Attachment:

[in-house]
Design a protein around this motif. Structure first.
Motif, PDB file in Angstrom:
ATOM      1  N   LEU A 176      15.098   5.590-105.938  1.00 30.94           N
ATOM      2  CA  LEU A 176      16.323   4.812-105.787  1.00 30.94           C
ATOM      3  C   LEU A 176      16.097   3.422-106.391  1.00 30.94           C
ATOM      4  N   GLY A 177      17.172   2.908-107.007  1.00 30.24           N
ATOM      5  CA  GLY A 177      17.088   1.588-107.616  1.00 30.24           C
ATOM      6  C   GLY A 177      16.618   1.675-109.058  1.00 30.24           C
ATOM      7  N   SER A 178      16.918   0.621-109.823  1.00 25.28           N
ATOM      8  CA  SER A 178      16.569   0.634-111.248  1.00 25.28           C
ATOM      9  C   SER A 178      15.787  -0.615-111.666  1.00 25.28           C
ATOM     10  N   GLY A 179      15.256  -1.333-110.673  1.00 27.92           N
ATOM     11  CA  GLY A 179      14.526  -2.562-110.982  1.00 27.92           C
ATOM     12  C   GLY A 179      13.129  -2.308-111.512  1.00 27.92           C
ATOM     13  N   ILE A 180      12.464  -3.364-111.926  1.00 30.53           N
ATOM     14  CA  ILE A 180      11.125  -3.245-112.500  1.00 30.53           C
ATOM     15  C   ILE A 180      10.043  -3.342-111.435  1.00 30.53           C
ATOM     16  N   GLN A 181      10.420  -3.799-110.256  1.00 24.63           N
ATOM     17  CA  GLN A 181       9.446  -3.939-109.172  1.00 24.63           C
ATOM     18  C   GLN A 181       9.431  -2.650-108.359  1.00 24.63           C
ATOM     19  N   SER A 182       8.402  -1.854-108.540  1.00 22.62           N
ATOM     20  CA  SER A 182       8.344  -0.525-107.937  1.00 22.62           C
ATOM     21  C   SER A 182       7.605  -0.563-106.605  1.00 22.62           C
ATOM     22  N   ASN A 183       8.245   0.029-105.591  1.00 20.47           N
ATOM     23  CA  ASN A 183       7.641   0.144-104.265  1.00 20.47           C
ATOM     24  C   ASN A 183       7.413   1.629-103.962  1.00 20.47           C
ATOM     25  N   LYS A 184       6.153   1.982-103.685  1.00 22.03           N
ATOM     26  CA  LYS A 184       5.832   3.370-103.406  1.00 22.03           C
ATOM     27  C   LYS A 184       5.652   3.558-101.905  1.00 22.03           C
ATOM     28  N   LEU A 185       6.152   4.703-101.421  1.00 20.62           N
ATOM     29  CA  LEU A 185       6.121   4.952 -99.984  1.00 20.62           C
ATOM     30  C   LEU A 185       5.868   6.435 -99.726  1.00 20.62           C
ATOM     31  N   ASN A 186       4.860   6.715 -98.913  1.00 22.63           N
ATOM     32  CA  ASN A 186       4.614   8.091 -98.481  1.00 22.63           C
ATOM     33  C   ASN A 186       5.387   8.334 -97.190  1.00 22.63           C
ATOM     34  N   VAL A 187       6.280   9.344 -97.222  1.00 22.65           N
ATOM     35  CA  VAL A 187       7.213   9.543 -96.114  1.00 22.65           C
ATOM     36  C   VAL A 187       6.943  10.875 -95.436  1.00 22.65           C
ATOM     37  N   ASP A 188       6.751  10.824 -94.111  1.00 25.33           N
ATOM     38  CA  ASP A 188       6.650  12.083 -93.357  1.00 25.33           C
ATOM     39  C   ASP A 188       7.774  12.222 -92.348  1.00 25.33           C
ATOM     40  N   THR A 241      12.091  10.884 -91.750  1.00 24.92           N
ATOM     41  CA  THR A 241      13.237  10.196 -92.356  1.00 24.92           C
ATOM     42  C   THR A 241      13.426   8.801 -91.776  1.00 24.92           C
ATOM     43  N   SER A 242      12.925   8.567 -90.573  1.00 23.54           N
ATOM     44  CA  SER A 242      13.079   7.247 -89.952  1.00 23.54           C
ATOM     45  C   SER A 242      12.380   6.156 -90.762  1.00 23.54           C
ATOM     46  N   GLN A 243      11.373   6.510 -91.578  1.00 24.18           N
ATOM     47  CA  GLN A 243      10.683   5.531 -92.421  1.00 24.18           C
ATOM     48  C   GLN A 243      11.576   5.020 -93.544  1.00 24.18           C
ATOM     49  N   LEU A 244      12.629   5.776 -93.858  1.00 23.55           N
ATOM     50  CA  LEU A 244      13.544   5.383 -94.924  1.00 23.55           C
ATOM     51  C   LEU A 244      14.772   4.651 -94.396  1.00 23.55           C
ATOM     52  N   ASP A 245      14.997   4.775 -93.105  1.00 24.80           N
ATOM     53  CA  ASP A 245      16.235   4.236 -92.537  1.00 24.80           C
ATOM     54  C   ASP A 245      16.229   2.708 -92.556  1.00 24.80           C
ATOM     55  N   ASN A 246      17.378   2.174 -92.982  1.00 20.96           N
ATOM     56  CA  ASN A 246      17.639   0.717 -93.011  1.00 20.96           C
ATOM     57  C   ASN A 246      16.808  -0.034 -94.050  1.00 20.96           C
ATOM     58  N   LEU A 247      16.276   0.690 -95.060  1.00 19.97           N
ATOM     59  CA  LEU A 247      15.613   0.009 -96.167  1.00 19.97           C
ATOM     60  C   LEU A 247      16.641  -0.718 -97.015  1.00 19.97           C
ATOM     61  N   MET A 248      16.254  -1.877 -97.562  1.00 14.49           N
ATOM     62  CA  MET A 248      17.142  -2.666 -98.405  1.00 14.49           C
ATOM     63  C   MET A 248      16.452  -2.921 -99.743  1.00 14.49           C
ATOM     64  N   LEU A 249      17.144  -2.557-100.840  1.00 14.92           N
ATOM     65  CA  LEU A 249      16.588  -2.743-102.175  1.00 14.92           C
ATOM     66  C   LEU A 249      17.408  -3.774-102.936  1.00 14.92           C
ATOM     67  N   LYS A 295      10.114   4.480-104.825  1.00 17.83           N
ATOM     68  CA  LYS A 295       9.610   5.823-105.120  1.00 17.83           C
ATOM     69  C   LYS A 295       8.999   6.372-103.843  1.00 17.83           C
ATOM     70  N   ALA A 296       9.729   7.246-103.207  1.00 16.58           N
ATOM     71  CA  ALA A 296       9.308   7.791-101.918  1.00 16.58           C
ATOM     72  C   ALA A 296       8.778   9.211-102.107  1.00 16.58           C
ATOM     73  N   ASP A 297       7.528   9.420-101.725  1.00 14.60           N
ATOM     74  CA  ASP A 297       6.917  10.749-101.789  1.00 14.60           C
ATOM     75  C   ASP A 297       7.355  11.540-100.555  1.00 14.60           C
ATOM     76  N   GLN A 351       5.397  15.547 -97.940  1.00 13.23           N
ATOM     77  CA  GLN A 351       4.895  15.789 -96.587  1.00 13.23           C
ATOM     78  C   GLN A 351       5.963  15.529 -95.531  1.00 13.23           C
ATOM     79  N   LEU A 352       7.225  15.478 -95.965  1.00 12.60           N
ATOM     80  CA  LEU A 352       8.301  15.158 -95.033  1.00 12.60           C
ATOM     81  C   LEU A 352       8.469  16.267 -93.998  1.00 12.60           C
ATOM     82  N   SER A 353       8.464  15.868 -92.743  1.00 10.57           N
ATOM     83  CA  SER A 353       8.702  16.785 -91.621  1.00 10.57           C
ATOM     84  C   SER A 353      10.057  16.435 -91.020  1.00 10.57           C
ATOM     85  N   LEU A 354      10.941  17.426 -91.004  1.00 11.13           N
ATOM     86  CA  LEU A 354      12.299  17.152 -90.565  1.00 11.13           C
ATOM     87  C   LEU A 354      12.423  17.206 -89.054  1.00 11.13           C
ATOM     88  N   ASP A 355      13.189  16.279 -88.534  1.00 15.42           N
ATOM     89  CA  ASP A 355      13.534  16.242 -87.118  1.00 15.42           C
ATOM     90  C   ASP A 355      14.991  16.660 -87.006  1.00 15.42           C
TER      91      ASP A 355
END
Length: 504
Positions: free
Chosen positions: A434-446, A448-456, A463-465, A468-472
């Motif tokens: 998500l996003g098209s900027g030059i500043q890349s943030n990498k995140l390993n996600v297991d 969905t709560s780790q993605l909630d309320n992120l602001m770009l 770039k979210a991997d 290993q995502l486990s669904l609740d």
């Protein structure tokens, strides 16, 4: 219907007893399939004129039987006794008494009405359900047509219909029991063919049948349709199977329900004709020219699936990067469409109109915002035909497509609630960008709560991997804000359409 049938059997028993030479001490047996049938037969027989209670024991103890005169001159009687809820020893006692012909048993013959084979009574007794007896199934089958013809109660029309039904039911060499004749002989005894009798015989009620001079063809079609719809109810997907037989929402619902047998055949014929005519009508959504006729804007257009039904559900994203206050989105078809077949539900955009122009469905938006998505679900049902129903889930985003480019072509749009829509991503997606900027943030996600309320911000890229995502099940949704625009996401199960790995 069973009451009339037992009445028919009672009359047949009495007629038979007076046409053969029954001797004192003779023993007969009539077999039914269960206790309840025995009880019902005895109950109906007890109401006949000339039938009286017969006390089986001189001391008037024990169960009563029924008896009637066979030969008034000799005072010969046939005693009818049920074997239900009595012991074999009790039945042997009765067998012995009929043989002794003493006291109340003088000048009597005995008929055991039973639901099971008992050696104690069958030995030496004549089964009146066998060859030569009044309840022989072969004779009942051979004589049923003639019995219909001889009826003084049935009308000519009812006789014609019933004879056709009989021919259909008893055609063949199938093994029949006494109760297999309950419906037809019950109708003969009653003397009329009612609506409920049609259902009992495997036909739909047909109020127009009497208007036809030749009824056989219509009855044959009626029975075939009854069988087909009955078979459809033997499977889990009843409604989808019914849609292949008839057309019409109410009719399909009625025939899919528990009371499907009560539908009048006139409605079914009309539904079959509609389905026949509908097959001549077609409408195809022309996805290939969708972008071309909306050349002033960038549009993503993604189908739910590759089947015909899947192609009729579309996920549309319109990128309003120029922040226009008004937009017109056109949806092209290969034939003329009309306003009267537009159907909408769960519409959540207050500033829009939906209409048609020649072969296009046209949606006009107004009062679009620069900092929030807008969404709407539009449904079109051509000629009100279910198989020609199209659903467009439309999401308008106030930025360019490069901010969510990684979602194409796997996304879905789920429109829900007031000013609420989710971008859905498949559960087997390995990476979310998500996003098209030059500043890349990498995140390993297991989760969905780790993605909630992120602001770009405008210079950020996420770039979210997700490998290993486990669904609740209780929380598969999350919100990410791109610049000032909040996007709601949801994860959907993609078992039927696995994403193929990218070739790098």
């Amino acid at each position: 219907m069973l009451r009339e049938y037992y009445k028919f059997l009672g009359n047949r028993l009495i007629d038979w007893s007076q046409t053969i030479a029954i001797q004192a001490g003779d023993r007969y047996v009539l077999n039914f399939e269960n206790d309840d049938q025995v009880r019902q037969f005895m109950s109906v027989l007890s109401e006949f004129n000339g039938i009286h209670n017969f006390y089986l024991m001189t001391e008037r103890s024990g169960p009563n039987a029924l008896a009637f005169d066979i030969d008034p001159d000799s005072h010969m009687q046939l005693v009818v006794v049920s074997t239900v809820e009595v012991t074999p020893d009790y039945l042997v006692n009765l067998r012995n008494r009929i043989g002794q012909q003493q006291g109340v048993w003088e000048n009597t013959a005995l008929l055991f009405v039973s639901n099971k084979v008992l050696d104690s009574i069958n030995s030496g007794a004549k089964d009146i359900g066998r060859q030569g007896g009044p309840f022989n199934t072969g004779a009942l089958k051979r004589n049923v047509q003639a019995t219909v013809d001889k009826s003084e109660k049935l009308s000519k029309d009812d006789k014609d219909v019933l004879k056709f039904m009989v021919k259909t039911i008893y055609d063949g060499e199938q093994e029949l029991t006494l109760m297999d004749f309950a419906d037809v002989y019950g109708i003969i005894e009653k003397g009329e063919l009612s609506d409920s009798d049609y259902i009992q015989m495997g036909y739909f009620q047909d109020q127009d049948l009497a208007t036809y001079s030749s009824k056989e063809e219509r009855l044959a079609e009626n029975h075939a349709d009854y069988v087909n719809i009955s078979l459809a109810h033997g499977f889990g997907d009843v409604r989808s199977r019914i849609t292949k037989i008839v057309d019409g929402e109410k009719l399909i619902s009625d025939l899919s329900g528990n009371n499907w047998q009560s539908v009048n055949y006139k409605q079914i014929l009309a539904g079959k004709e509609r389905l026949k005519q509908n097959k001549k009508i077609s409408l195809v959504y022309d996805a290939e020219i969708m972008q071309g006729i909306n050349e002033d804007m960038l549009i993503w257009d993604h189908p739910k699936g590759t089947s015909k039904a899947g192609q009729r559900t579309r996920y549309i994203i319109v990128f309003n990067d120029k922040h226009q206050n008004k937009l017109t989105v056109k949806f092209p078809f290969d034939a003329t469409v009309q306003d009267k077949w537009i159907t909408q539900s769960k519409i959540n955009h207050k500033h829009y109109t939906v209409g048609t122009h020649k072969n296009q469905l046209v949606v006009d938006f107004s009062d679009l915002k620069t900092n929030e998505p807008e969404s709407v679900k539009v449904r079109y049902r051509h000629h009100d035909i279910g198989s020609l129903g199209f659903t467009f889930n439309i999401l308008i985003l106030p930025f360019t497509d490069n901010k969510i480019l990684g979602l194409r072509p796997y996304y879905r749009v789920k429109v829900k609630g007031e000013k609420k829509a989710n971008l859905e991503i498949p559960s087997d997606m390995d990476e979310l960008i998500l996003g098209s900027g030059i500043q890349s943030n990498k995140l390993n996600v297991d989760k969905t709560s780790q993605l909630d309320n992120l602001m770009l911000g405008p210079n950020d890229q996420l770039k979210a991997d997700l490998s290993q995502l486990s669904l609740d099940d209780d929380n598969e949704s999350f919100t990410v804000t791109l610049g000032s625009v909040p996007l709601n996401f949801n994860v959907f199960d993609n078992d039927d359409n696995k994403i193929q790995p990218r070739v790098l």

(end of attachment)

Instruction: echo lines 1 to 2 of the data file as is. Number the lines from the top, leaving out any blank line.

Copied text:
[in-house]
Design a protein around this motif. Structure first.